Anthony Bourdain said it best:
“Food is everything we are. It’s an extension of nationalist feeling, ethnic feeling, your personal history, your province, your region, your tribe, your grandma. It’s inseparable from those from the get-go.”
Through food and travel, Anthony Bourdain deeply inspired those of us who are interested in exploring, learning about, and understanding other cultures. He saw the power and dignity of food and how, among so many other things, a meal brings all of humanity together.
In deep respect and honor of Bourdain’s tragic passing just a couple weeks ago, I’ve compiled and condensed some of his greatest words of wisdom regarding food, culture, travel, and life.
#1: “I’ve long believed that good food, good eating, is all about risk. Whether we’re talking about unpasteurized Stilton, raw oysters or working for organized crime ‘associates,’ food, for me, has always been an adventure.”
Food, just like life, should be an adventure.
While traveling or living abroad, you may face a meal that’ll make your stomach turn. But sometimes, you must take risks. Sometimes, you must grit your teeth and take that first bite.
Rejecting someone else’s food can feel like a personal rejection – or even a cultural rejection.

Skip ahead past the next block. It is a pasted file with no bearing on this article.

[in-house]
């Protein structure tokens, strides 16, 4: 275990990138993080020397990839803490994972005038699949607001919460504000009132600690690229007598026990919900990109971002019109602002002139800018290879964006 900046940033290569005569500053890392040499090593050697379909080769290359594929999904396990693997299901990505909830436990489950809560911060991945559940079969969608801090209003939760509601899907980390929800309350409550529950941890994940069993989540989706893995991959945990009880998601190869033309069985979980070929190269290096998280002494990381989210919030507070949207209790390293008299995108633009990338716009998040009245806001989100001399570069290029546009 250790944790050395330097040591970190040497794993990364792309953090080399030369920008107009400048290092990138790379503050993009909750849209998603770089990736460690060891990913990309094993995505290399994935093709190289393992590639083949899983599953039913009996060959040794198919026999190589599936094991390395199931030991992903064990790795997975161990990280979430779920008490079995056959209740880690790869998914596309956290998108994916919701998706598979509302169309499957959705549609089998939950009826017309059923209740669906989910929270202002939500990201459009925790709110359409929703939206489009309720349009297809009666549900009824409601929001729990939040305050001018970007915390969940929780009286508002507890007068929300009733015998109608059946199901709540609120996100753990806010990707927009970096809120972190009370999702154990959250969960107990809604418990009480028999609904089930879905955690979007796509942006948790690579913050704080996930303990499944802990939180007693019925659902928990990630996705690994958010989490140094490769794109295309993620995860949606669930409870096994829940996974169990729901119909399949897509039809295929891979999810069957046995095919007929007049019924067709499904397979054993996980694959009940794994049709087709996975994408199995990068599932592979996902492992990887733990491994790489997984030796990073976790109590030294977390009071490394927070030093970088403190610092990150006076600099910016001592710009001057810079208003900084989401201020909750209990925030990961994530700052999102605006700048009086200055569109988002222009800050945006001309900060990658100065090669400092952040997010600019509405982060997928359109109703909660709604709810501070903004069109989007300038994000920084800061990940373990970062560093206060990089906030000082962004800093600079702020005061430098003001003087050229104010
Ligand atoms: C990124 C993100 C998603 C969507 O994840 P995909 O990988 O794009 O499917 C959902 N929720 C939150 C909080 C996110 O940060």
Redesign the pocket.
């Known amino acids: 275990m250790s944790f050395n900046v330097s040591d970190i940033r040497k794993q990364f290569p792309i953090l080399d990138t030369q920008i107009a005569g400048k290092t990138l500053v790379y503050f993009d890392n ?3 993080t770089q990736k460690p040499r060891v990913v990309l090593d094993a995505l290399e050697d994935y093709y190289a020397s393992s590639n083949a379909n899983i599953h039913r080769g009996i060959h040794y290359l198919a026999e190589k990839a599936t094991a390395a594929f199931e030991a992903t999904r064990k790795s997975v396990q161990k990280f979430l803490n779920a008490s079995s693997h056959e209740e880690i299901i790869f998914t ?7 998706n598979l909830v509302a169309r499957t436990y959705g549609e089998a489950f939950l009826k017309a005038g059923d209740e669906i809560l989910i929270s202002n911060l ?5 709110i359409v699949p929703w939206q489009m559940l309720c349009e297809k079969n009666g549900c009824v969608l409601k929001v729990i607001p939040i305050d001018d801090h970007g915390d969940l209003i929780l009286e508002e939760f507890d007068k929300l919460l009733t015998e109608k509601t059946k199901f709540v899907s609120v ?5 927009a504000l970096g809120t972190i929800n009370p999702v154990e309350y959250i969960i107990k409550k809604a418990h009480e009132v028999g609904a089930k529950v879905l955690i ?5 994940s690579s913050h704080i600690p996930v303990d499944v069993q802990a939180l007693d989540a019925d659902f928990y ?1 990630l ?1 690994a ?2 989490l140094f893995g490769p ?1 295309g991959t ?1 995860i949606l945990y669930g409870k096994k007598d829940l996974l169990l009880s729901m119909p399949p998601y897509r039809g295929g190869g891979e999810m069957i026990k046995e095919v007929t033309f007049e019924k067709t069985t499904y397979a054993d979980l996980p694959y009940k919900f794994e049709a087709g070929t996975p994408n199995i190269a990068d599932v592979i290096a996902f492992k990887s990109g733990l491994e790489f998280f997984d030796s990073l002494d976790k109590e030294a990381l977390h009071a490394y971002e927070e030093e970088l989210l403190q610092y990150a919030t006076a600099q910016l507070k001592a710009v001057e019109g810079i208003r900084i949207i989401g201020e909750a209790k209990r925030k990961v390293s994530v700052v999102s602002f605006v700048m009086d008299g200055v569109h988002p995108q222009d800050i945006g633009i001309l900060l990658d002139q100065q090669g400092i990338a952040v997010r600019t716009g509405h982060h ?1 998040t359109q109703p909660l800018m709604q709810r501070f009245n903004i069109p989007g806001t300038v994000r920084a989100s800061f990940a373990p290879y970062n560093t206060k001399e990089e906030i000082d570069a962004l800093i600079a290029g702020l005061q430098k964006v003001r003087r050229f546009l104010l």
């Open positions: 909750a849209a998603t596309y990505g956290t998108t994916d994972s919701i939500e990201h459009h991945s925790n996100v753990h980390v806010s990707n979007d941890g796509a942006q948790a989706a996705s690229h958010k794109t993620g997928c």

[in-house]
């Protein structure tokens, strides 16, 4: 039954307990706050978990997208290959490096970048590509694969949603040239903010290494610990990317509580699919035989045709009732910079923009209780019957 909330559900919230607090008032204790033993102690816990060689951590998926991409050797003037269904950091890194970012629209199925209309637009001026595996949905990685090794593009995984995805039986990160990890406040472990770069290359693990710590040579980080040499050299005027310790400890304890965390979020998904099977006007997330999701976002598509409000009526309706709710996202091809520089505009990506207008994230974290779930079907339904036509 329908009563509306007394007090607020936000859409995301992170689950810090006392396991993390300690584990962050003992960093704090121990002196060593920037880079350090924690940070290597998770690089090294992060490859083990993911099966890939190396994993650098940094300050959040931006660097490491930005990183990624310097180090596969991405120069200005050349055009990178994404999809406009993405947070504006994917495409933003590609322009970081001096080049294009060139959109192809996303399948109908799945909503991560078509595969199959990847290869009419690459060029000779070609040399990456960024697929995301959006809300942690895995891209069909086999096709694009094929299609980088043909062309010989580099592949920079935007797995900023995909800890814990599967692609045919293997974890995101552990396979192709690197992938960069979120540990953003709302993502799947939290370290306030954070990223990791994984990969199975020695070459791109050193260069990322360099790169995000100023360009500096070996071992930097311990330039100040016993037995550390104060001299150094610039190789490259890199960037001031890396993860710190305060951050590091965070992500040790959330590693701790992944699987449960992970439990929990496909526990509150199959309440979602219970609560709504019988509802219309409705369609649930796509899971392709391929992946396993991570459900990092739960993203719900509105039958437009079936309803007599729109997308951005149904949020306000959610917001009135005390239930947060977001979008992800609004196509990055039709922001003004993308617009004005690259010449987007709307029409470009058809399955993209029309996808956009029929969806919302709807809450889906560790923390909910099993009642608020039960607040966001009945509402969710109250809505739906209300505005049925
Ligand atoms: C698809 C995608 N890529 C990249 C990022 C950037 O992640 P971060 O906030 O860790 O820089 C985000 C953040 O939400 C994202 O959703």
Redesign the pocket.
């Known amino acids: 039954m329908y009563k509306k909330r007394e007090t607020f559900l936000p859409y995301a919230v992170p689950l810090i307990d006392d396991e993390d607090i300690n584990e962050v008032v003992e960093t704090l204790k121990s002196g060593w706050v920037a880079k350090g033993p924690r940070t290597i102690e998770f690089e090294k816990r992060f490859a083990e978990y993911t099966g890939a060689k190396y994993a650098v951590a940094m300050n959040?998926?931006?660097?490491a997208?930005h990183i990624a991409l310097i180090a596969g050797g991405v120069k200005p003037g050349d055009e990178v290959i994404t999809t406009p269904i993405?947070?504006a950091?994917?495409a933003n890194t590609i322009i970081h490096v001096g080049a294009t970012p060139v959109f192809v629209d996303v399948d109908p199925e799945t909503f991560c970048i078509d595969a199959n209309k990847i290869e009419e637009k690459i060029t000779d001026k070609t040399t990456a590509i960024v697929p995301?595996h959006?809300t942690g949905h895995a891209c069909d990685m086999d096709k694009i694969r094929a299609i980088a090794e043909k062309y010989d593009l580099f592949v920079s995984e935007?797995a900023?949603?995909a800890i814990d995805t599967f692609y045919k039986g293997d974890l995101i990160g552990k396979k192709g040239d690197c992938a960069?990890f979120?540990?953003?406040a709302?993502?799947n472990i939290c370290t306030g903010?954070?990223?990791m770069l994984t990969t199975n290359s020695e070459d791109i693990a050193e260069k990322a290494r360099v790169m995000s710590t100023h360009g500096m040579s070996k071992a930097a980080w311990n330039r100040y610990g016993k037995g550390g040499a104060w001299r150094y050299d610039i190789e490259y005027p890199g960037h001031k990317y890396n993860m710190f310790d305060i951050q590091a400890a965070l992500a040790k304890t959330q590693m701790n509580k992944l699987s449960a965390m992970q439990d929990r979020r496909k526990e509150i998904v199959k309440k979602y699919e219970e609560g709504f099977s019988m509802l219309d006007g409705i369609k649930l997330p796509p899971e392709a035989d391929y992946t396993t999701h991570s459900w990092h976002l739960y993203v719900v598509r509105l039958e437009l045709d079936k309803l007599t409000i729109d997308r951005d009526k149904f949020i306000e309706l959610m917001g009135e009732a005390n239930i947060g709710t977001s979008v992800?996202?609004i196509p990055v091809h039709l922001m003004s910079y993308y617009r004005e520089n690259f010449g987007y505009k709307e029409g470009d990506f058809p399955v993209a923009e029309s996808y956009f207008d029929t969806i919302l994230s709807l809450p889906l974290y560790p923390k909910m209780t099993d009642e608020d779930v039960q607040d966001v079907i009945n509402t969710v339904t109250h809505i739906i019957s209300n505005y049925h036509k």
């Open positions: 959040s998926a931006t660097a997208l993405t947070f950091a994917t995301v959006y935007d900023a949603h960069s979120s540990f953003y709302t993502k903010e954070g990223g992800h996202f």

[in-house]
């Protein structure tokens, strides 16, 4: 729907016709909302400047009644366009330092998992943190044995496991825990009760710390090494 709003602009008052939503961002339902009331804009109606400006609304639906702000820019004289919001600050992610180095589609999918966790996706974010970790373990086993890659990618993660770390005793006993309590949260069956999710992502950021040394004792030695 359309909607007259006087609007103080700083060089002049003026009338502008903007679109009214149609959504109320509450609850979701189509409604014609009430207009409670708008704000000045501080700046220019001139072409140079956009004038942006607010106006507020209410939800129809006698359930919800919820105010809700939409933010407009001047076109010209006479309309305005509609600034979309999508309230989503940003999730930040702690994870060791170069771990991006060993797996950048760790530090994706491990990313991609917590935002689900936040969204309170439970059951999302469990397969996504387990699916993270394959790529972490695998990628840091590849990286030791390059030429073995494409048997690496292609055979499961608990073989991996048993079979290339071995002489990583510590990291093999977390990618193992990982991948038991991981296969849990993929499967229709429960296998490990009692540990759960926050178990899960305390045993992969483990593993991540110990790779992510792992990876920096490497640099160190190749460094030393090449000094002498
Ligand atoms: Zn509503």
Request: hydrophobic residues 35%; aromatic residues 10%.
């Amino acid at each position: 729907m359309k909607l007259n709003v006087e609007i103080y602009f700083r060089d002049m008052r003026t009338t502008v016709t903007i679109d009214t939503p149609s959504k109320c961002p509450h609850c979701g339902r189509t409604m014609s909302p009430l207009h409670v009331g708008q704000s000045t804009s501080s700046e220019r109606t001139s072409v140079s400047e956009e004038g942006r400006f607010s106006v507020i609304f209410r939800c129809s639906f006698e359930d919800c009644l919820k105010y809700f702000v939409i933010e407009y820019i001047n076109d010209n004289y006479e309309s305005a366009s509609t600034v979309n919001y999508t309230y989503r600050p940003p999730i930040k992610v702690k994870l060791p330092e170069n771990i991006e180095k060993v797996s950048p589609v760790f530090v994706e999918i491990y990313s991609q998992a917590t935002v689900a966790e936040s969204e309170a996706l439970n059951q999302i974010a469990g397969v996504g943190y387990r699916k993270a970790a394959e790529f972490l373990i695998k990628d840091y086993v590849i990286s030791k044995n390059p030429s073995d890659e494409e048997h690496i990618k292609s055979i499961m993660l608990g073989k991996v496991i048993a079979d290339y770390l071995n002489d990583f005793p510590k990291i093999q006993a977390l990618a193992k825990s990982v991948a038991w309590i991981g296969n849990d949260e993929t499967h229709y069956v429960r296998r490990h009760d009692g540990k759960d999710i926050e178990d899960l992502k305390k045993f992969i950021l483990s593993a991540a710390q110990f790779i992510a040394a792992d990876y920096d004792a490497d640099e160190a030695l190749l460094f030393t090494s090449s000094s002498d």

Accepting it, even if it’s not to your liking, shows your hosts that you care enough to make the effort and that you respect what they’ve created.
#2: “I’m not afraid to look like an idiot.”
Perhaps one of the most useful tips for travelers or soon-to-be expats is to be not afraid to play the fool.
My book, I am the Monkey, stresses this theme. It’s humbling to remember you are the odd-one-out looking in, not the other way around.
As the monkey, you must learn to be comfortable dropping your guard.
This goes for learning how to eat properly in other cultures too.
Never used chopsticks? Go on, give it a try. Sure, you’ll look clumsy at first, but soon enough, you’ll be capable.
The point is – you must not let feeling foolish get in the way of learning.
If you do, anxiety will be your roadblock to success across cultures.
Follow Bourdain’s advice and don’t be afraid to look like an idiot. In fact, embrace it.
#3: “I don’t have to agree with you to like you or respect you.”
Food is unique to the culture in which it was created, which is a beautiful thing.
Sometimes, the dish is not always pretty. But, more often than not, it’s the one aspect of a culture that can make all of us drop our pretenses, if we’re willing, and just appreciate each other, human to human.
And “dropping our pretenses” doesn’t mean we must stop talking, stop learning.
While sharing a meal, keep the conversation alive, like a pro:
“I don’t go in asking hard-news questions, but incredibly enough, again and again, just by sitting down with people over food and giving them a platform where I can listen to them, they say extraordinary things that can be very political in their implications.” – Bourdain
Keep talking. But more so, listen.
Sharing a meal with someone already demonstrates that you like and respect them, even if you don’t agree with their intrinsic beliefs.
Whenever you’re abroad, take a deep dive into your host’s food culture. Share a meal with locals.
You may just find that food is more than filling; it’s a teacher of compassion.
“Food may not be the answer to world peace, but it’s a start.” – Bourdain